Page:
Spindrift Starts Jules Verne Trophy Record Attempt. ALL You Need to Know

The crew of Spindrift 2 at the start of the Jules Verne Trophy record attempt.
pic by Chris Schmid/Spindrift racing

‘Spindrift 2′ crossed the start line of the Jules Verne Trophy last night to begin their 21,600 miles around the world record attempt. The Objective is to beat the existing record of 40-days 23 hours 30 minutes and 30 seconds and cross back over the line again before 20h 27′ 25″ UTC on January 13, 2020.

The twelve crew of the black and gold trimaran crossed the line in front of the Créac’h Lighthouse (Ushant) in a very moderate 15 knot easterly breeze. The relatively calm conditions are a change from the stronger conditions normally associated with a start of a round the world attempt, but by daybreak, as ‘Spindrift 2′ approached the Spanish coast, Yann Guichard and his crew were expected to benefit from these constant winds that will veer to northerly, strengthening to 25-30 knots and gusting along the Portuguese coast.

It is expected that ‘Spindrift 2′ should cross the Bay of Biscay and arrive at the Equator in a little over five days. Once into the Southern Hemisphere, the crew will be able to sail more or less directly to South Africa with a view to cross the longitude of the Cape of Good Hope in less than thirteen days. Once at the entrance to the Indian Ocean, the black and gold trimaran, will be able to assess its performance against the existing record and the potential of completing the 21,600-mile course in record time.

This is the team’s third attempt at targeting the 40d 23h 30 ’30’ record around the world.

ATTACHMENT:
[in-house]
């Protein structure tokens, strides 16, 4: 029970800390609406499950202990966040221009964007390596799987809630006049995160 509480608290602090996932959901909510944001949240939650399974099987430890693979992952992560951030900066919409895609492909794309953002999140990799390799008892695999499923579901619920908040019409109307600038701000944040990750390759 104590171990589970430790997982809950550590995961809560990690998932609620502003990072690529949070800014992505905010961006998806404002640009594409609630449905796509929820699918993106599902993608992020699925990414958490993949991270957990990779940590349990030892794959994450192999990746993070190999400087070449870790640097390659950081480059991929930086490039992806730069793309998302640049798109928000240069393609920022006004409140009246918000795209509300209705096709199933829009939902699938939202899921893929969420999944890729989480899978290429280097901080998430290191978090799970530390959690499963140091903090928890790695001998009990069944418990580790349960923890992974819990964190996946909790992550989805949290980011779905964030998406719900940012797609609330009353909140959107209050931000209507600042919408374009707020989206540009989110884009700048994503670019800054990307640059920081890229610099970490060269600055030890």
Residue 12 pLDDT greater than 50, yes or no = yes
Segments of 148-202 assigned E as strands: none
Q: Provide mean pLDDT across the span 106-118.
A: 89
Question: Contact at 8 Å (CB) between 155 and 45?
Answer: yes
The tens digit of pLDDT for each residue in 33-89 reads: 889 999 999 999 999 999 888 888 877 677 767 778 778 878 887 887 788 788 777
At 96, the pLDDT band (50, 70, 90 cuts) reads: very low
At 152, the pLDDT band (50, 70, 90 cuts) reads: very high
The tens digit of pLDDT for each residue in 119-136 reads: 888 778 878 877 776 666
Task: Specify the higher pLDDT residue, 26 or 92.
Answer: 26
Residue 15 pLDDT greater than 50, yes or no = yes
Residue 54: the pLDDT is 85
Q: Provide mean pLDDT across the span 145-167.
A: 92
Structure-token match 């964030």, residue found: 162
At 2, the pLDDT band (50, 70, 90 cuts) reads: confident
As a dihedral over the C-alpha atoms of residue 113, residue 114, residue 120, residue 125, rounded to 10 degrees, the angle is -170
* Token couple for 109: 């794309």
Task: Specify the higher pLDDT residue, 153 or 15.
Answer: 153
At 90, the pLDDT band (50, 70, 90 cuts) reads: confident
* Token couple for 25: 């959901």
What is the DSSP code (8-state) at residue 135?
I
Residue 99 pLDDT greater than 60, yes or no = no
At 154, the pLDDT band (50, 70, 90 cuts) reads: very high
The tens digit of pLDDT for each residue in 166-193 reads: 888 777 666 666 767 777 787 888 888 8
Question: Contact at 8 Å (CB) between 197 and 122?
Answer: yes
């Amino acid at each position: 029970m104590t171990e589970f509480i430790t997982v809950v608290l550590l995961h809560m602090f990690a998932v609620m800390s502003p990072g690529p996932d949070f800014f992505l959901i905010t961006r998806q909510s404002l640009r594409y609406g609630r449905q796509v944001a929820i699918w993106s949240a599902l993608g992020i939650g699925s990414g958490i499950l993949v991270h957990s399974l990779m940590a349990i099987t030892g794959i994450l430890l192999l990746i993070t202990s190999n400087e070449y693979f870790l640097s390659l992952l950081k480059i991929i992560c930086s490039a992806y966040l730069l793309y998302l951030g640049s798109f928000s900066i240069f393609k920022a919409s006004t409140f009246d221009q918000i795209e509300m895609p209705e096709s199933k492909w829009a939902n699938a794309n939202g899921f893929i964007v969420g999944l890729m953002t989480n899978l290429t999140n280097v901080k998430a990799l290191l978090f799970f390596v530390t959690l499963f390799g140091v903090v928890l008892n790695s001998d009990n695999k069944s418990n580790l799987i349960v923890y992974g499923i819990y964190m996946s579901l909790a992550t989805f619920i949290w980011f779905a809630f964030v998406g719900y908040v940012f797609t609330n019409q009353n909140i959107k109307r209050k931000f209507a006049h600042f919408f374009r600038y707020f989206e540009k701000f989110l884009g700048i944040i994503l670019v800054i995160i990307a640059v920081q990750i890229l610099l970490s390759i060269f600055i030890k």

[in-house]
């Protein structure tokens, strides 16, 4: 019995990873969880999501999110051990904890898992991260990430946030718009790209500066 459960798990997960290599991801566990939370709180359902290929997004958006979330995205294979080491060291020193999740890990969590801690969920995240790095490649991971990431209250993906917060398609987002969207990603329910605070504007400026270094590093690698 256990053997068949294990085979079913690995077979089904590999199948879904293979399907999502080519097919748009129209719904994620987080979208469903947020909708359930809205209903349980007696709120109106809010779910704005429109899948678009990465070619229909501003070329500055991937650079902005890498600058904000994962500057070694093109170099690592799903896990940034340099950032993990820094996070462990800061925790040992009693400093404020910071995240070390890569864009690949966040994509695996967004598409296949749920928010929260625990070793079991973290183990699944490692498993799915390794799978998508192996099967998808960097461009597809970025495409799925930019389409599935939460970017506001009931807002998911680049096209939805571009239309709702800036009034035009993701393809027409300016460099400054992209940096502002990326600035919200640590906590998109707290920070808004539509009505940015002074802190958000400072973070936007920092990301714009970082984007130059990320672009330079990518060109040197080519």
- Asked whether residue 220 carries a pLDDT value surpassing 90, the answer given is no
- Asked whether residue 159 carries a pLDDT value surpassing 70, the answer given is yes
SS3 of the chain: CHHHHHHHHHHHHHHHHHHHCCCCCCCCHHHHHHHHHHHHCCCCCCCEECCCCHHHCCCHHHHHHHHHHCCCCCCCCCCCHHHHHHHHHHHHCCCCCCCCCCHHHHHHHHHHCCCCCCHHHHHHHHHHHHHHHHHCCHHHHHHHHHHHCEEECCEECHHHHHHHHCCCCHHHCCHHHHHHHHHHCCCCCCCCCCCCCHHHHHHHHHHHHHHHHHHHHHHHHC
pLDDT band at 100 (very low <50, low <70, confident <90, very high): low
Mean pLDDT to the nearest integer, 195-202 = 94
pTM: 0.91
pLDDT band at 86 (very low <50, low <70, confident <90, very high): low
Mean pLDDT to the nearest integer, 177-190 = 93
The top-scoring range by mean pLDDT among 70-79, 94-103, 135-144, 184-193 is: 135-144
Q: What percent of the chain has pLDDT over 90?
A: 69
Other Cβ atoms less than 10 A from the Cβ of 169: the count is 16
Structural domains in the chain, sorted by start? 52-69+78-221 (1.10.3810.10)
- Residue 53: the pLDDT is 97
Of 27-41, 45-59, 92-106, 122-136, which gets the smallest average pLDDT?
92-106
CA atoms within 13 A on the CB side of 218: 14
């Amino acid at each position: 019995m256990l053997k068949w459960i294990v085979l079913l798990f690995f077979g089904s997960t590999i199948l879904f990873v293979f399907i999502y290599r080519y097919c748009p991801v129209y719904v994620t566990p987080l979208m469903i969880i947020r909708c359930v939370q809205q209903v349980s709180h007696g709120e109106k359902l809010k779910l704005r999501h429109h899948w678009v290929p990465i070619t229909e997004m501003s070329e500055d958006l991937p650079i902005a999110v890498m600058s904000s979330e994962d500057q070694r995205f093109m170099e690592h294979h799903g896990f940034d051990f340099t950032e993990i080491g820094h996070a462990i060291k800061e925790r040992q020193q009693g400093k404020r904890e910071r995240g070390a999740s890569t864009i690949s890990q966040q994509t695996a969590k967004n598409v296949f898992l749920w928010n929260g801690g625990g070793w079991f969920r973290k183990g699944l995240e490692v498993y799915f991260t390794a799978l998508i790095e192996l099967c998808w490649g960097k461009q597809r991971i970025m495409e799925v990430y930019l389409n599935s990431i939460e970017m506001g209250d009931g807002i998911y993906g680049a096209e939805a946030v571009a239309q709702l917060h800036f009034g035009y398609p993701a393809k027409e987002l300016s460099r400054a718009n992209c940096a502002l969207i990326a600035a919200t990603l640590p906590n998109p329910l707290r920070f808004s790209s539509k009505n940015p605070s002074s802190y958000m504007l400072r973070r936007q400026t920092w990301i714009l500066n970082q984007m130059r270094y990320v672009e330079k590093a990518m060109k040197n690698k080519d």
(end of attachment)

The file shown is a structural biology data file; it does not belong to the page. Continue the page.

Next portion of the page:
Yann Guichard: “There is a good weather window that shows us reaching the equator in a little over five days and the South Atlantic seems to be improving so, hopefully the first section of this record will be good. ‘Spindrift 2′ has two new rudders that will allow us to further improve on performance but nevertheless, the record will be difficult to beat! Whatever happens, it is an incredible voyage, and it’s still a human, technical and sports adventure. The crew is really motivated and my core team that has been part of this journey before. So we will leave the Bay of Biscay in relatively quiet conditions before accelerating significantly after Cape Finisterre … ”

Erwan Israel (navigator): “You have to be persistent in the Jules Verne Trophy! First you need a good, well-prepared boat, good chemistry amongst the crew and of course, favourable weather conditions. The conditions look to be relatively easy at first, which will give us a nice descent to the Equator. We anticipate that we should be able to reach the Cape of Good Hope in twelve days, which is a very good time compared to the reference time.”

Grégory Gendron, a novice to this record attempt: “I am very happy with this rather peaceful and calm departure from La Trinité-sur- Mer: it is good way to start a world tour for the first time, so it will be a really big adventure! I do not know the Southern Ocean or the Southern Hemisphere… You experience four seasons during this Jules Verne Trophy: we leave in the autumn, we enter the South Atlantic in the spring, we complete the Southern Ocean in early summer and finish in Brittany in the middle of winter … ”